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Etna receives funding for commercial, residential redevelopment

| Tuesday, May 9, 2017, 9:00 p.m.

Etna has received two grants to revitalize its business district for commercial and residential use, according to borough Manager Mary Ellen Ramage.

The Heinz Endowments are providing the Etna Economic Development Corp. with $25,000. The money will be used by Etna's planning consultant, the Philadelphia-based Urban Partners, to develop a market analysis and action plan for commercial properties along Butler and Freeport streets. The borough and the corporation are each donating $2,500 to further the grant.

Ramage said the analysis will build upon the borough's needs identified in a comprehensive plan conducted with Sharpsburg and Millvale.

“The initial goal of the project is to identify, understand and share key market forces at work in the heart of the commercial district, identified in Etna's Comprehensive Plan as the Union District,” she said in a news release.

“We are grateful to The Heinz Endowments for this grant, which will enable us to work with the borough to facilitate positive redevelopment that matches the community's needs and the overall vision outlined in the Comprehensive Plan,” Councilman Peter Ramage said.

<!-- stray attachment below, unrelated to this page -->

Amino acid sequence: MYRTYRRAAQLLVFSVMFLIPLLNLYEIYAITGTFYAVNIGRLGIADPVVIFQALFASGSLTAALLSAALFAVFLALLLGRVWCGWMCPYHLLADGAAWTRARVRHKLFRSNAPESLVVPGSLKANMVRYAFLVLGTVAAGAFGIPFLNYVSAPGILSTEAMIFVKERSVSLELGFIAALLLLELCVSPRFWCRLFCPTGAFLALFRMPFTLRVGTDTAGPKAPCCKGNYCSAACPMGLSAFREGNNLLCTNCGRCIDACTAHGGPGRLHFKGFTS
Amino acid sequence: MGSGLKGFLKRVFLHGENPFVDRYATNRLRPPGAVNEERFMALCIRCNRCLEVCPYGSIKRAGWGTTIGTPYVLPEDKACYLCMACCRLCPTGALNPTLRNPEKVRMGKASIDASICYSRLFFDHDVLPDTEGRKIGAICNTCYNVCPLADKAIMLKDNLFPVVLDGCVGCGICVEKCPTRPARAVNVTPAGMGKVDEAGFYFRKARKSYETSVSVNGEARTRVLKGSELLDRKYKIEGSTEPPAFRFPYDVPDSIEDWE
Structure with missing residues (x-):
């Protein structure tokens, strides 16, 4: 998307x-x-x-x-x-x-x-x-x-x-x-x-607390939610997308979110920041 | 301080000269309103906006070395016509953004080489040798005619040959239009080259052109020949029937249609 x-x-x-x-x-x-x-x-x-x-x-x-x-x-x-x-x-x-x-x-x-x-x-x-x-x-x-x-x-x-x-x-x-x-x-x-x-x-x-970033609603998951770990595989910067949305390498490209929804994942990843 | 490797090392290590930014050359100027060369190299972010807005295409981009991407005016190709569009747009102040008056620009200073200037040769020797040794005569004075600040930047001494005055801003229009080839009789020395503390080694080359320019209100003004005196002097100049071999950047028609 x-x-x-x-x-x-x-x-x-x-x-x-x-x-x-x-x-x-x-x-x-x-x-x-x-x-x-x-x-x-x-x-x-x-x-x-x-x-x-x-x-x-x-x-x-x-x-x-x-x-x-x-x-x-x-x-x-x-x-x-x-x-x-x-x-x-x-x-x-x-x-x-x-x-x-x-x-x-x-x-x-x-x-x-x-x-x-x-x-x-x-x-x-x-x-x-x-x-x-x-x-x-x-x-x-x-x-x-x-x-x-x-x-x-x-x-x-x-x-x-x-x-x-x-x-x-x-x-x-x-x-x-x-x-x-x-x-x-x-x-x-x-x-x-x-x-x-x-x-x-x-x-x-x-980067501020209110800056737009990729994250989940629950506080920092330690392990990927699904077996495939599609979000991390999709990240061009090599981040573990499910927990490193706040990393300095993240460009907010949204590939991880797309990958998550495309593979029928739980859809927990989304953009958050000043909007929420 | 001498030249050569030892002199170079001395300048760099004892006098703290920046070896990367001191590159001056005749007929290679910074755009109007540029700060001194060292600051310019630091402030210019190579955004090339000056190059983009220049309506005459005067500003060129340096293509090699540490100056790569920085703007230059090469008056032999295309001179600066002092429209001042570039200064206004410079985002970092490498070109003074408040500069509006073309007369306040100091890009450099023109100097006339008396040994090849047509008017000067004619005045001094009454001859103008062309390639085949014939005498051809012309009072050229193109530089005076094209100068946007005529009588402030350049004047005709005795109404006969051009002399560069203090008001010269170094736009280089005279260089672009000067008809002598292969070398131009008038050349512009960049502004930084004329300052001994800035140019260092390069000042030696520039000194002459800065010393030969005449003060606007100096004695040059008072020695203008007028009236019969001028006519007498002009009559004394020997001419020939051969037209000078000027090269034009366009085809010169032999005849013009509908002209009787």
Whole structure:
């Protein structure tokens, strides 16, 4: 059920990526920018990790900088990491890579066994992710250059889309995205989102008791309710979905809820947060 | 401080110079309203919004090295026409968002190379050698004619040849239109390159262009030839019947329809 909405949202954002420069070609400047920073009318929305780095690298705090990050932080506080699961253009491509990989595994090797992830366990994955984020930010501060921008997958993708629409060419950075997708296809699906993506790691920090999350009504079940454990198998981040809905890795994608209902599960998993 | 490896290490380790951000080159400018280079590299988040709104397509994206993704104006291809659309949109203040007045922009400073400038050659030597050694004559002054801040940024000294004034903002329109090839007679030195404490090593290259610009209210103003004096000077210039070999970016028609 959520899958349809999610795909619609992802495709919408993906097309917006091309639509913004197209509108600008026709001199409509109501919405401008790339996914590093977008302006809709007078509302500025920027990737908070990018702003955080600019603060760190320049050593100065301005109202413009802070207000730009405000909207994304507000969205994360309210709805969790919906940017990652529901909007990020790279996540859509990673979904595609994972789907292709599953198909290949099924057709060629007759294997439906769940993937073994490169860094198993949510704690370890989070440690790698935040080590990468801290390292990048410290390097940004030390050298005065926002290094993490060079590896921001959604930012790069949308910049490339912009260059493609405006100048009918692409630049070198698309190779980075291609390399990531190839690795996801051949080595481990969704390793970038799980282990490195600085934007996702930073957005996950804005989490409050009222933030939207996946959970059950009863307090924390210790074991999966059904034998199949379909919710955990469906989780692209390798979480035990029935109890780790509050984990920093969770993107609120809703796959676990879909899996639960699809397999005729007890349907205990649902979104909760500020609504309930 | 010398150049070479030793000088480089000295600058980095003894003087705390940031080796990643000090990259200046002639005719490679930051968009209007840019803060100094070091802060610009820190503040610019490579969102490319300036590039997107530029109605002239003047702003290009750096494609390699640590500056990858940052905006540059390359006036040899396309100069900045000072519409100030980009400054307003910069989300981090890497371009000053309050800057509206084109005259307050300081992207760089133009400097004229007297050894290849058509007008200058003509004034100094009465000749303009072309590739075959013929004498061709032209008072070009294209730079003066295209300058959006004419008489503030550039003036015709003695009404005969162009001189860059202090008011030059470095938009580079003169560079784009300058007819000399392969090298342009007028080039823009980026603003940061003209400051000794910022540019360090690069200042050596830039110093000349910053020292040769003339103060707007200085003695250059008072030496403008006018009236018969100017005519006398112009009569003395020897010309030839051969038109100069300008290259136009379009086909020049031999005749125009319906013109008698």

Mary Ellen Ramage said she receives weekly calls from people wanting to open businesses in Etna.

“You want to make sure that the kinds of businesses that go into the community are, you know, sustainable. So this is our way of saying, ‘OK, we know this boom is happening. Let's be prepared for it.'”

The second grant comes from the Local Government Academy, which provided Etna with $8,500 for a related market analysis. The Pittsburgh-based Palo Alto Partners is conducting a market analysis of residential units housed above empty storefronts in the business district.

“Some of them are just being used for storage. There's a lot of uncertainty about (zoning) code because they're older,” Mary Ellen Ramage said. “There's some really, really cool large apartments above the businesses in our business district because many of them go back to the ‘20s — they have the high ceilings and woodwork.”

She estimates a fall completion for the two market analyses. Thereafter, the corporation will need to review the findings and determine if more funding is needed for the next step in the revitalization process.

Erica Cebzanov is a Tribune-Review contributor.

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